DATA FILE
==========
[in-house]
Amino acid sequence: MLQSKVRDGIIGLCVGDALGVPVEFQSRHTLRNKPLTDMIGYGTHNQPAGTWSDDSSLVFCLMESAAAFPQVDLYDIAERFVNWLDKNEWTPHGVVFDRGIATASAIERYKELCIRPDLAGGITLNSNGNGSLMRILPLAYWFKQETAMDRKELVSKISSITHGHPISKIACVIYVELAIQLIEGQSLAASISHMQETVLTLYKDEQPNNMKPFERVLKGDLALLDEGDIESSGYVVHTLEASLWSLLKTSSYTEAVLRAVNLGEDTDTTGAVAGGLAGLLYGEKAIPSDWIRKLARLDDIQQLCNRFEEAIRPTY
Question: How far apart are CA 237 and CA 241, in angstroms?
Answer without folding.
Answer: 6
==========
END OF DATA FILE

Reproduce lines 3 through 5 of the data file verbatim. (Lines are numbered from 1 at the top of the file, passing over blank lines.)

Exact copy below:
Question: How far apart are CA 237 and CA 241, in angstroms?
Answer without folding.
Answer: 6